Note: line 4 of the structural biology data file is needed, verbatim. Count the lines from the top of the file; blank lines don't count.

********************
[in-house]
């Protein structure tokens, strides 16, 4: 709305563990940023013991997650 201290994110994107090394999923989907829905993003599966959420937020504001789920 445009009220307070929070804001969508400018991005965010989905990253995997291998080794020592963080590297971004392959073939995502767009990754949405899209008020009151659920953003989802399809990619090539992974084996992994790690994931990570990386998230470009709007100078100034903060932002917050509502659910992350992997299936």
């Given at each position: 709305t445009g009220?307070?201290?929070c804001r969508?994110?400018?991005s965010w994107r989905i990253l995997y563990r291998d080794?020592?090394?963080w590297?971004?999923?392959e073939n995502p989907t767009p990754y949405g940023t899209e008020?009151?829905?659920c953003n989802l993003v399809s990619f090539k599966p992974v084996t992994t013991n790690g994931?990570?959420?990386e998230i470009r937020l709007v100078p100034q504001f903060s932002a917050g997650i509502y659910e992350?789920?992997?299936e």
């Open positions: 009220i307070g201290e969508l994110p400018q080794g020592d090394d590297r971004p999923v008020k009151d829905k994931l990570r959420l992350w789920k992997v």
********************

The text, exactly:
């Open positions: 009220i307070g201290e969508l994110p400018q080794g020592d090394d590297r971004p999923v008020k009151d829905k994931l990570r959420l992350w789920k992997v």